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Rural Petaluma home destroyed by fire

Valley Ford Fire chief Nick Epstein works with Blake Skinner to identify hot spots in a home destroyed by fire. Firefighters were called to the Stadler Lane home fire in northwest Petaluma at 3:37 a.m. on Tuesday, Dec. 4, 2012.

JOHN BURGESS / PD
Published: Tuesday, December 4, 2012 at 3:13 p.m.
Last Modified: Tuesday, December 4, 2012 at 3:13 p.m.

Dozens of firefighters battled demanding conditions early Tuesday morning to douse a fire at a rural Petaluma-area home surrounded by tons of debris and junk.

Firefighters were summoned to the 1,400-square-foot stucco home, built around 1920, by neighbors' 911 calls.

Fire engines and water tenders had difficulty navigating the narrow street and were forced to park above the 4-acre property, running a 400-foot water line down a muddy unpaved drive to the home, Sonoma County Fire Capt. Bob Borges said.

Stadler Lane is a one-lane, pock-marked street off Eastman Lane about three miles west of Petaluma city limits.

The building was engulfed in flames when firefighters arrived and the structure was already damaged, he said, heightening concerns about firefighters' safety.

Compounding matters were about a dozen vehicles, a camper, a boat and junked appliances near the building, making a firefighting approach difficult.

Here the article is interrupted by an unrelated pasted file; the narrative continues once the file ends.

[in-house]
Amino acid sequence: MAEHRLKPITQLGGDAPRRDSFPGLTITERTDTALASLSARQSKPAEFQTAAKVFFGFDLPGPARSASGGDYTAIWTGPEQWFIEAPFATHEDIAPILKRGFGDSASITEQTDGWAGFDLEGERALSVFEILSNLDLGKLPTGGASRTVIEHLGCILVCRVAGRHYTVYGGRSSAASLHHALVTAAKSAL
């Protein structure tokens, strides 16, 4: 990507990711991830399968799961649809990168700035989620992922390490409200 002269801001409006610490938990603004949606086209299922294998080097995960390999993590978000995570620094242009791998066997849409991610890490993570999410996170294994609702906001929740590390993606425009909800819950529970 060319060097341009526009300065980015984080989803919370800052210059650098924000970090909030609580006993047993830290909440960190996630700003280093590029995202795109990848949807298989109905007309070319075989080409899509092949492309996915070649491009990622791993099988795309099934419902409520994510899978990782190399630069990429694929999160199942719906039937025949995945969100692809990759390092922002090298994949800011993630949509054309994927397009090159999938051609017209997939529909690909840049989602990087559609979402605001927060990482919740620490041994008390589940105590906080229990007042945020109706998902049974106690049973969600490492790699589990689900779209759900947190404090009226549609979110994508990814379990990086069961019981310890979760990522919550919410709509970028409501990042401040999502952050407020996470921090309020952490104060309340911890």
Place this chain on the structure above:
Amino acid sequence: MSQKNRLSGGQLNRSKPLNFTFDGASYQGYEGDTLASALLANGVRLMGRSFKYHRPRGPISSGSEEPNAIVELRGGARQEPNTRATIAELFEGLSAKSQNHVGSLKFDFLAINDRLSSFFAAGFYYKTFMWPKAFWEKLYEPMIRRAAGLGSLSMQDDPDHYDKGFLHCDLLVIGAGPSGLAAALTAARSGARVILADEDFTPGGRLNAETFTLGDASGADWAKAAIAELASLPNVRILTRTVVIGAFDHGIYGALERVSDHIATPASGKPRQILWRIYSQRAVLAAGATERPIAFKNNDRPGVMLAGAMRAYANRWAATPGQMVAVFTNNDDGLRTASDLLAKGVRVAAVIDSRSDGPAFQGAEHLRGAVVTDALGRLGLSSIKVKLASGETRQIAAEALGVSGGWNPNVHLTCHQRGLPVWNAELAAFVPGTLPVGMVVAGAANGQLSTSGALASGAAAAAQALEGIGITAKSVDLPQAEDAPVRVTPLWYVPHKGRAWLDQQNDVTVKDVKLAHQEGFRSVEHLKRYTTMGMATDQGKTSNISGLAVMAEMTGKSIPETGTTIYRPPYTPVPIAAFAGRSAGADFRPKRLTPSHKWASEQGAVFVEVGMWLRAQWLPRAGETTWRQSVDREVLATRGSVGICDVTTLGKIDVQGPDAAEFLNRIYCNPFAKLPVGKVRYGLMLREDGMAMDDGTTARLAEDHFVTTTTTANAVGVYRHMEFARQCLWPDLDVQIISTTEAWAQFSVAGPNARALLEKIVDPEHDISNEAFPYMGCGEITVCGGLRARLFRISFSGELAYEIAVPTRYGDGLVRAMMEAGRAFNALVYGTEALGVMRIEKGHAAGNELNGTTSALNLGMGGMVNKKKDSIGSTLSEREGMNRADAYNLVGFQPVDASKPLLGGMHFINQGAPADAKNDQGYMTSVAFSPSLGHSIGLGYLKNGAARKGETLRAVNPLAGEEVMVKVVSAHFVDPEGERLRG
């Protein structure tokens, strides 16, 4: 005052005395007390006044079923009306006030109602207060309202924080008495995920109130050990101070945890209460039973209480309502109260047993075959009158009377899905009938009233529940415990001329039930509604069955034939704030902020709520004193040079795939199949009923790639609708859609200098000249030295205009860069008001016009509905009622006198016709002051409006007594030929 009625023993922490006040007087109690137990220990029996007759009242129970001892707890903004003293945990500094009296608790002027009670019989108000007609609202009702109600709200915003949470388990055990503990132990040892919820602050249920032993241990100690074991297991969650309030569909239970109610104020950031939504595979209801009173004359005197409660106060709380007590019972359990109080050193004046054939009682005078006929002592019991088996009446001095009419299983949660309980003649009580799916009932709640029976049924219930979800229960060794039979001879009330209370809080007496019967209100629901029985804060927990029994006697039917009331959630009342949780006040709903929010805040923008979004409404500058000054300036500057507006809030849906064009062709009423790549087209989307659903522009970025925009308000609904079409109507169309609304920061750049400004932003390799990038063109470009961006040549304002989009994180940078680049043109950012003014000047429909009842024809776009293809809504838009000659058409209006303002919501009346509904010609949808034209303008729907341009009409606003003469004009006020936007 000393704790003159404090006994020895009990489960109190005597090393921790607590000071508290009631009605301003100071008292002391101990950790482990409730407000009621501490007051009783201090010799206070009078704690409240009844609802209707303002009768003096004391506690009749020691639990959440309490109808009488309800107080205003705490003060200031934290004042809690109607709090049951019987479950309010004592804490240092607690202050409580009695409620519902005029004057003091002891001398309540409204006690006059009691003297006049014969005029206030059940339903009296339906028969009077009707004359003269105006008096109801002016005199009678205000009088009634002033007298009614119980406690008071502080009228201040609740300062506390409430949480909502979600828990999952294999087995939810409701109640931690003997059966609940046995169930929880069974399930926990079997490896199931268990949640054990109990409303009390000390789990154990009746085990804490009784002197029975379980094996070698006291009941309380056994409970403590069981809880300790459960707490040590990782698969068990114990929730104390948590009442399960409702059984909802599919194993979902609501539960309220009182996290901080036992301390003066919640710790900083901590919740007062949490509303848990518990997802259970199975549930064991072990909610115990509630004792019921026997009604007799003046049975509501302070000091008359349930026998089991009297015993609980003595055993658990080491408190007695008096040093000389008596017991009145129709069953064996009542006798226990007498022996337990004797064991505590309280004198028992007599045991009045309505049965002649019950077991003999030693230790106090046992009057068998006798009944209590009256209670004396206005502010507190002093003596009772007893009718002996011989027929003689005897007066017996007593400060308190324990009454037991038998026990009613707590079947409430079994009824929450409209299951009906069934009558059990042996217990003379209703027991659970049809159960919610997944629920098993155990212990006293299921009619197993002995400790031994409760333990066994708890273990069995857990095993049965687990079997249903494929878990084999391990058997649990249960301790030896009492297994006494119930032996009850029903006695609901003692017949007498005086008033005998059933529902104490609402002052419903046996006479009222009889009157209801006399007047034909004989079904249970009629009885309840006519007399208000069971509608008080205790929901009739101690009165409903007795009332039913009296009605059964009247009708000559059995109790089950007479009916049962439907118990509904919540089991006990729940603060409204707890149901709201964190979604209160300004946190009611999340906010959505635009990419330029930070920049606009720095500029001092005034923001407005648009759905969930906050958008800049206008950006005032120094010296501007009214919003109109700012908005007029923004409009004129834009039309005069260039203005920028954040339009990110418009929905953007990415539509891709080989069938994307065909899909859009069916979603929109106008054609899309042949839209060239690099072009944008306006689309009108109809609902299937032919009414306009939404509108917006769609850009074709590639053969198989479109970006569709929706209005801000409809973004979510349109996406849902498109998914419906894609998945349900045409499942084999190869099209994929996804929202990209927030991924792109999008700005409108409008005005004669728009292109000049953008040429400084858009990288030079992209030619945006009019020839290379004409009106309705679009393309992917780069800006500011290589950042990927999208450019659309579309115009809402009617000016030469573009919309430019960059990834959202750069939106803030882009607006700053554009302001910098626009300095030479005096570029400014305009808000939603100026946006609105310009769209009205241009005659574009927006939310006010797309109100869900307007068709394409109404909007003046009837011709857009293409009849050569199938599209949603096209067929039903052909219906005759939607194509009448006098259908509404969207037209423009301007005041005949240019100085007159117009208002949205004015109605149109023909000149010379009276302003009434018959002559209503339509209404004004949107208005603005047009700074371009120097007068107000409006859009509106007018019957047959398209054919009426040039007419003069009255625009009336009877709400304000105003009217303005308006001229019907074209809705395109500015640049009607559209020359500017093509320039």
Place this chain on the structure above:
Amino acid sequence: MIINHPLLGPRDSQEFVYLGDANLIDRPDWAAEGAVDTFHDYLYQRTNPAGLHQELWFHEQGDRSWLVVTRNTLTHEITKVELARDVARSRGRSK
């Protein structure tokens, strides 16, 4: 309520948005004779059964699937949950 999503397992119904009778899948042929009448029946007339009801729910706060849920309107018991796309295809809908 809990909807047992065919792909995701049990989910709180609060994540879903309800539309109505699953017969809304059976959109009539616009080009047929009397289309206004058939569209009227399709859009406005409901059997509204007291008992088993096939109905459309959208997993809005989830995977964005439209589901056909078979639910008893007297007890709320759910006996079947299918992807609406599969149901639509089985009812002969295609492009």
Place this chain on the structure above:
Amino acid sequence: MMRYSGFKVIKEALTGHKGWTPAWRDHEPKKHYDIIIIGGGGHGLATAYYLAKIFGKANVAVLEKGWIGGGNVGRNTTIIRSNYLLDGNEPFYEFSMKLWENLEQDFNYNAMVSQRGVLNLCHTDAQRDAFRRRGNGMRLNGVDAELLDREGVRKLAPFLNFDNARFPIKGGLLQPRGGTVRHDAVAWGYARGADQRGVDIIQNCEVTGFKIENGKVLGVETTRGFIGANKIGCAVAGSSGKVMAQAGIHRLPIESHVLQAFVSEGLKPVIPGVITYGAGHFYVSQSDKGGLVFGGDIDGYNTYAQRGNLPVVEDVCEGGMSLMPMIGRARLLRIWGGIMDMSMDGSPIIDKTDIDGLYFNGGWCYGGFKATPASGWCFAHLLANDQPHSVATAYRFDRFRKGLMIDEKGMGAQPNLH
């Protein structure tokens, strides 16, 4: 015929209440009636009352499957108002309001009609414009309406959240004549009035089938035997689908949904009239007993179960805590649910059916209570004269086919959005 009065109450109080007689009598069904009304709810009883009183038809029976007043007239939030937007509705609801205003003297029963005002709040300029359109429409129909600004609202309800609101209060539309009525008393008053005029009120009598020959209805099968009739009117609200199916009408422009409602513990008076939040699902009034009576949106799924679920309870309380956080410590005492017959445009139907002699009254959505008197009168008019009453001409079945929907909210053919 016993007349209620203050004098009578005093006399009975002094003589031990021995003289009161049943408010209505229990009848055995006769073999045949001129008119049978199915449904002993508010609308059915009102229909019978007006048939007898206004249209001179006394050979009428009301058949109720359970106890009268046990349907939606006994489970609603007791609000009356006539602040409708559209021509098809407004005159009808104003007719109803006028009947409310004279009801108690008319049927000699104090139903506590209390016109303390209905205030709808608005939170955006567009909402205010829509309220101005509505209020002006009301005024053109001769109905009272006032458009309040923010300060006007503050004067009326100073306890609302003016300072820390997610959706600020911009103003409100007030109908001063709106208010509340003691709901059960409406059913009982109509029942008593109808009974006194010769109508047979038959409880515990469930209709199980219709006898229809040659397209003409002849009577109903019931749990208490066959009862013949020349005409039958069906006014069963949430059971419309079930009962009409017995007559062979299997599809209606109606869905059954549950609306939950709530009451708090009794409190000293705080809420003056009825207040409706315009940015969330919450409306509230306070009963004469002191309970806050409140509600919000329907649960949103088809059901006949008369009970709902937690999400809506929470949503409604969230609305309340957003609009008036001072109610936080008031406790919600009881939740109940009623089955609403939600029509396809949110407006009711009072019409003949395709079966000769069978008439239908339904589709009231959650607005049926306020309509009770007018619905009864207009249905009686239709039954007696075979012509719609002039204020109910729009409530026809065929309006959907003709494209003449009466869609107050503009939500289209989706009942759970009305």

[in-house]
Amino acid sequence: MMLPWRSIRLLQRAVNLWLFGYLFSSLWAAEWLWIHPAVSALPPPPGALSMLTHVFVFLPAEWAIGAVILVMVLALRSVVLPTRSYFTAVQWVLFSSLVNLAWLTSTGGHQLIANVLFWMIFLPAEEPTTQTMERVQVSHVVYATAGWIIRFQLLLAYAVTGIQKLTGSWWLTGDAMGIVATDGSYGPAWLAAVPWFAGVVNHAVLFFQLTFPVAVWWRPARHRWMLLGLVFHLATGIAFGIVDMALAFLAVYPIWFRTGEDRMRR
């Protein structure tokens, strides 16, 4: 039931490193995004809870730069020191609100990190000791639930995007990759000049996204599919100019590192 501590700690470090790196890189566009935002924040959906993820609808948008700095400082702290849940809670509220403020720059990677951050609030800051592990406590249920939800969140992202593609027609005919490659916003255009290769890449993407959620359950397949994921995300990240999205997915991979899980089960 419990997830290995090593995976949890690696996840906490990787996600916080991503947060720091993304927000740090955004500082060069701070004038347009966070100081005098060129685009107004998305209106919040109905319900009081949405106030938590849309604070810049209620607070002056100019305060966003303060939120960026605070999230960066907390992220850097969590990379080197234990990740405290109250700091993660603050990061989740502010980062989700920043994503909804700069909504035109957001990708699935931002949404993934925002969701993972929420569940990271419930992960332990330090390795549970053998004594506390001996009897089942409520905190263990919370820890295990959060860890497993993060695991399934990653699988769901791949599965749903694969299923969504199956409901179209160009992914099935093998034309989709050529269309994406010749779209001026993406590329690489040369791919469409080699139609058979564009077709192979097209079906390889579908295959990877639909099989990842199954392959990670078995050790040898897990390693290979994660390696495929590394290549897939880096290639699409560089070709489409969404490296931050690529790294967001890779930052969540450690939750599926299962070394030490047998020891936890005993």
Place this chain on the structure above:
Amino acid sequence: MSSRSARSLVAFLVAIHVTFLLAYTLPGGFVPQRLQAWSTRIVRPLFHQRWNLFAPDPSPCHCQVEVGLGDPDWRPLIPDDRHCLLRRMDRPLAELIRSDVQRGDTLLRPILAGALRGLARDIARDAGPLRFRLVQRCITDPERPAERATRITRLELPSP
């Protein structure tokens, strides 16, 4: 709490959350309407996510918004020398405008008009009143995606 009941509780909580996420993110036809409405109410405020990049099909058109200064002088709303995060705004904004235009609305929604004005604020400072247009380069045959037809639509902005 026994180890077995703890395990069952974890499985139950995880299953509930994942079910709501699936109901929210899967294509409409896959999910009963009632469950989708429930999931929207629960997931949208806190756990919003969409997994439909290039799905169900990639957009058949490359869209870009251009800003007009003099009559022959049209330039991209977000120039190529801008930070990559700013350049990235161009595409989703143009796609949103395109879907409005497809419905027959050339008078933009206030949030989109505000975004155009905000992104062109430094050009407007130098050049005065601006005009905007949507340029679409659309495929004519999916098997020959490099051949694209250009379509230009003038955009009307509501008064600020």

“We were in a defensive position immediately, just spraying water on it,” Borges said. “We weren't able to fight the fire aggressively. We didn't want to put firefighters in harm's way.”

Pacific Gas & Electric crews responded to cut power lines to the building. It appeared other lines were connected to a second location, perhaps an outbuilding behind the home.

The owner, Lewis Honnen, 82, showed firefighters the location of the gas meter. Crews dug it out from under overgrown ivy to allow PG&E to shut it off as well, Borges said.

"There are a lot of buckets and containers with oil,” he said after the flames were doused.

Inspectors found several cylinders in the remains. Hazard materials crews used absorbent pads to soak up runoff and other liquids so they didn't seep into the ground or a nearby creek.

Investigators examined the remains Tuesday trying to determine the fire's cause and origin. By late Tuesday, Borges said the cause likely will remain undetermined because the building is unsafe to investigate.

It was unclear what condition the home was in before the fire. Borges said to rebuild would likely cost $400,000 to $500,000.

Ten fire agencies and about three dozen firefighters responded to the fire.

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